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This article is from our archives and has not been updated and integrated with our "new" site yet... Even so, it's still awesome - so keep reading!

Published on Sun, Sep 18, 2005

By: The LACar Editorial Staff


As a traffic safety expert and automotive journalist, people often people ask me which vehicle I consider when shopping for a car. I usually think of several cars right away, but Subaru rarely comes to mind.  For years, Subaru made cars that didn't come to mind. I always thought of their vehicles as economical, dependable and, to be perfectly honest, boring. My opinion of Subaru began changing after driving the WRX, and now their Outback 3.0 VDC edition is anything but boring! It combines everything I look for in a car: Impressive styling, a comfortable interior, and plenty of power. The Outback has been completely redesigned, giving the body a sleek, sporty look. The roof rails with cross bars look great; the multi-reflector halogen fog lights are a nice touch. But is the stylish exterior enough to justify a price tag in the mid 30s? Sliding into the driver's seat, I feel as though I'm sitting in a more expensive luxury car.  The leather-trimmed seats are quite comfortable, and all controls are within easy reach. There are numerous, conveniently placed cupholders, and today I'm testing one of them with a vanilla bean frappuccino from Starbuck's in Alhambra, the perfect beverage for my relaxing drive through the San Gabriel Valley.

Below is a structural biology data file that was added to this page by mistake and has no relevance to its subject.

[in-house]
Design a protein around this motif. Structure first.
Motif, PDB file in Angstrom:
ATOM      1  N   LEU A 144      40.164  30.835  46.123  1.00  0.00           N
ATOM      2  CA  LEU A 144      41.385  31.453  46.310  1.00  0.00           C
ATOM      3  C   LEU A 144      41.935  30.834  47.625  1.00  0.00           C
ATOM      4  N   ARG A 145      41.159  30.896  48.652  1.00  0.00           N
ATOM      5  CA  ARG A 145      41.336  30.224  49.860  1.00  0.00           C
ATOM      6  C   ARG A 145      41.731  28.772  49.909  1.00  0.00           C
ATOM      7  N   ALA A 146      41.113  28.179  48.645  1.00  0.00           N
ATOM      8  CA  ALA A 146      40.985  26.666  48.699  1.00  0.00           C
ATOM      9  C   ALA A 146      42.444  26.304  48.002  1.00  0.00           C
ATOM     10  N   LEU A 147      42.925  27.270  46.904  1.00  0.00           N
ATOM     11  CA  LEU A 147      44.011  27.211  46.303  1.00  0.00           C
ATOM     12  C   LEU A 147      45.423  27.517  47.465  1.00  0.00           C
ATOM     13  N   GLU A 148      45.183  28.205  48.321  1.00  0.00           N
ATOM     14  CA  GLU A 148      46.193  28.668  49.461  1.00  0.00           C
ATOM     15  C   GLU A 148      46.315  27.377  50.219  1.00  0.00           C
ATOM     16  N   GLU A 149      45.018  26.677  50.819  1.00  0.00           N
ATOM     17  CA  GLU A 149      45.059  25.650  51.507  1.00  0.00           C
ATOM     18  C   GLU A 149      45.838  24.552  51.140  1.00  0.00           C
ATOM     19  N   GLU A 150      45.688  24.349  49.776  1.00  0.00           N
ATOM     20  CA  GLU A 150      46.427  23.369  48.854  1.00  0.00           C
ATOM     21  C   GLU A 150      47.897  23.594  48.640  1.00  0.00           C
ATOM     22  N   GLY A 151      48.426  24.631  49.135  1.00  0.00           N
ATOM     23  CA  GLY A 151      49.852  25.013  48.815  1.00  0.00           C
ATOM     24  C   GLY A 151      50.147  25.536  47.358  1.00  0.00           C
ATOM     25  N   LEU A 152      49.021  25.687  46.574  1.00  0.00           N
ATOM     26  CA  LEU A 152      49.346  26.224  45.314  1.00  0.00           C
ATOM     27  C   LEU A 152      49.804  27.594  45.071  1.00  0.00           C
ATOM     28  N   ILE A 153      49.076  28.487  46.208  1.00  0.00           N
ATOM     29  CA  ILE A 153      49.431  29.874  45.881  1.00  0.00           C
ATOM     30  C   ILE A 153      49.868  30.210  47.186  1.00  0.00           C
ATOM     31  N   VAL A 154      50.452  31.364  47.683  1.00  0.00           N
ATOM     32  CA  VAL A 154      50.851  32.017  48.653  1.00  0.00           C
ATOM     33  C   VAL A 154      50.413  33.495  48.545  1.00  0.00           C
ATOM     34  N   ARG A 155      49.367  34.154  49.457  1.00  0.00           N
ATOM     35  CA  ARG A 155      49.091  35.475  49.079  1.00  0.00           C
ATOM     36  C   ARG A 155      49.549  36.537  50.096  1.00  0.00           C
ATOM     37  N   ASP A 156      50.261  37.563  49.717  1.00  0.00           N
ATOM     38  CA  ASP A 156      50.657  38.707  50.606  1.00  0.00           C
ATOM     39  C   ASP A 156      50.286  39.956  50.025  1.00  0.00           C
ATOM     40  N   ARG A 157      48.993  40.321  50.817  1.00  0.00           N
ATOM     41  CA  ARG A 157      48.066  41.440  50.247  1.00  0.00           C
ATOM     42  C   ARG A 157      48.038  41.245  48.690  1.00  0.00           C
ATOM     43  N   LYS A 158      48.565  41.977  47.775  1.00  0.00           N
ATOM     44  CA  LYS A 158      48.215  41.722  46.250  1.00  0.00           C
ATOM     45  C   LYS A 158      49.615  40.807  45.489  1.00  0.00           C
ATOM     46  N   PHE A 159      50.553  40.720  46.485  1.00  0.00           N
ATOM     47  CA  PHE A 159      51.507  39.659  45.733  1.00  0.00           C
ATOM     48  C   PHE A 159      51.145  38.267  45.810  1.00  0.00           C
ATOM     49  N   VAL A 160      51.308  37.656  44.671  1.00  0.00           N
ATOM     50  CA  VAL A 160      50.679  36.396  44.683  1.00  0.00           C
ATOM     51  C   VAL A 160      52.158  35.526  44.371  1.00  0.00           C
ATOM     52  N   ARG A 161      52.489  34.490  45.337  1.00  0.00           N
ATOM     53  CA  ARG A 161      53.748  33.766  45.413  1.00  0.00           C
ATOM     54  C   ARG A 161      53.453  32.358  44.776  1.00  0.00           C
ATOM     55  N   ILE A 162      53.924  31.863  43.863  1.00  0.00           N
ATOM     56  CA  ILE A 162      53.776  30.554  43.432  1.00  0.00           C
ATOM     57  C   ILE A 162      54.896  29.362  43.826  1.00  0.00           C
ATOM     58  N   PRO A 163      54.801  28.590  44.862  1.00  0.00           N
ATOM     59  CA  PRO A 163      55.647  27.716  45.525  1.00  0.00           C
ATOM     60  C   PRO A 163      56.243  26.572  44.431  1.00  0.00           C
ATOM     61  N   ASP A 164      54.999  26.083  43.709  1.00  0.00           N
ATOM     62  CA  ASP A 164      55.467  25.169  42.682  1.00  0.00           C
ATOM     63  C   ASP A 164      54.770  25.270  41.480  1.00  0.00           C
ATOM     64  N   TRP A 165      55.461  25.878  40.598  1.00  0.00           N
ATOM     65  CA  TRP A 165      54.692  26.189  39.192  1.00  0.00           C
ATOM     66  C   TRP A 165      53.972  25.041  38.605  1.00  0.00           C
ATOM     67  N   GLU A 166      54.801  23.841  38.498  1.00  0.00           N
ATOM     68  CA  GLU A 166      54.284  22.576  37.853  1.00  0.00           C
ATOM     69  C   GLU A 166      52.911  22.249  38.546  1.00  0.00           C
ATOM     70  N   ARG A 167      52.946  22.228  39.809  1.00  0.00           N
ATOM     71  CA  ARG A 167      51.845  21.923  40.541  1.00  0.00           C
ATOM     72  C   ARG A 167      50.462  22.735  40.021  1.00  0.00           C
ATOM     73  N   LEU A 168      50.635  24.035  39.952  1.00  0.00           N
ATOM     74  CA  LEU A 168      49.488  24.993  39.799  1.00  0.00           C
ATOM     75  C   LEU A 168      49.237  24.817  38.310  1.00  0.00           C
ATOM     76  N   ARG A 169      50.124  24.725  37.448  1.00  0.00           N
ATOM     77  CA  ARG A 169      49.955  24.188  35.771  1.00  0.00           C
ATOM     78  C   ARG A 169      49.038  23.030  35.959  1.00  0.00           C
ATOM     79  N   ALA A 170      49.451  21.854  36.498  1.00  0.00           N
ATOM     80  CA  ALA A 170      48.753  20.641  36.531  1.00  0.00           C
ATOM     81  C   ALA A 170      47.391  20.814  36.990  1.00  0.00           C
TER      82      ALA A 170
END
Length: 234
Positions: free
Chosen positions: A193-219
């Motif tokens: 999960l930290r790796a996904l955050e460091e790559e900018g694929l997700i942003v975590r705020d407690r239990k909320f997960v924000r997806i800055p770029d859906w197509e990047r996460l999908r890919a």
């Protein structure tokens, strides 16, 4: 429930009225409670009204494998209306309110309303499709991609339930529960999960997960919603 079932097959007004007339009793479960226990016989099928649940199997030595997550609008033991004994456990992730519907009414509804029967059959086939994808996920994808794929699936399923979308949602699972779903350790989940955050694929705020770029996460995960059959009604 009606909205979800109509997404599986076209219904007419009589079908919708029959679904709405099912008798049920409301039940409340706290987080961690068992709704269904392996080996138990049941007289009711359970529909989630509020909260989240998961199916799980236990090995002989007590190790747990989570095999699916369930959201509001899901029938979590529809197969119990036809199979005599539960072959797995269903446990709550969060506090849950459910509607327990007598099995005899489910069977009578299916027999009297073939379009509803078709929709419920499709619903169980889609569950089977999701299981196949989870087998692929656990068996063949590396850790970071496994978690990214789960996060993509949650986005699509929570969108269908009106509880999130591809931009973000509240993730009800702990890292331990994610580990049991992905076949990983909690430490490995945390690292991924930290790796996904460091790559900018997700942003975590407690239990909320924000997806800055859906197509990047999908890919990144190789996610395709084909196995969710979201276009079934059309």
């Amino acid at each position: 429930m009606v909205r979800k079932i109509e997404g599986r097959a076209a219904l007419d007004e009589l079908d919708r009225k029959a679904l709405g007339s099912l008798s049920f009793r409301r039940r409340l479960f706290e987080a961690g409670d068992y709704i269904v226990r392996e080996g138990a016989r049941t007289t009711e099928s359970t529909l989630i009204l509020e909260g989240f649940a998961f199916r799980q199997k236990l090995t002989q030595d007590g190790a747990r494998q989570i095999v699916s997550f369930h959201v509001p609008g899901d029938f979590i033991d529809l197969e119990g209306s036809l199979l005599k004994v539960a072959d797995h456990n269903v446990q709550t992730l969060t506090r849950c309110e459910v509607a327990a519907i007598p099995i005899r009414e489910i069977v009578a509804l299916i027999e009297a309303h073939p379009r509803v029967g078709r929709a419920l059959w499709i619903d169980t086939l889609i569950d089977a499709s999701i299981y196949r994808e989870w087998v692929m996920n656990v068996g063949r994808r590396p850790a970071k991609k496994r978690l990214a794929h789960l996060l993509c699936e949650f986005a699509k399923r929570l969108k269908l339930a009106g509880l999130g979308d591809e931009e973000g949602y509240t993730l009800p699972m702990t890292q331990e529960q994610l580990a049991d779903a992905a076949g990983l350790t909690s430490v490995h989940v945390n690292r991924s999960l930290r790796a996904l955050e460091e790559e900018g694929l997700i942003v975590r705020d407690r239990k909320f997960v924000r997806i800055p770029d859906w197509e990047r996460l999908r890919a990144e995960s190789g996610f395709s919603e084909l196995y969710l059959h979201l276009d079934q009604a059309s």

You're probably thinking that a car this nice has a power moonroof, right? Well, you're wrong - it has dual power moonroofs! Just another nice touch from the designers at Subaru. But I guess even the designers can have an off day, and that's apparently what happened when they decided to angle the plastic over the clock on the dashboard - making it practically impossible to read during daytime hours due to sunlight reflections coming through the windshield. But there are other interior features that make up for that little design flaw, such as a leather-wrapped wood Momo steering wheel, and a stereo system with a six-disc CD/MP3 changer that sounds great!  There's no shortage of power in the Outback. A 250-horsepower engine makes acceleration almost effortless, and there is no hesitation - even on steep hills. The shifting of the five-speed automatic transmission is fairly smooth. Like many newer vehicles, the Outback has a Sportshift feature allowing you to shift manually without a clutch, if you prefer.  The ride is smooth and comfortable without sacrificing the feel of the road. All-wheel drive with VDC (Vehicle Dynamics Control) traction control system and speed-sensing power assist rack-and-pinion steering make the car responsive and fun to drive. Just don't have too much fun - it's fairly easy in the Outback to attain speeds that may bring you face-to-face with a CHP officer on the shoulder of the freeway!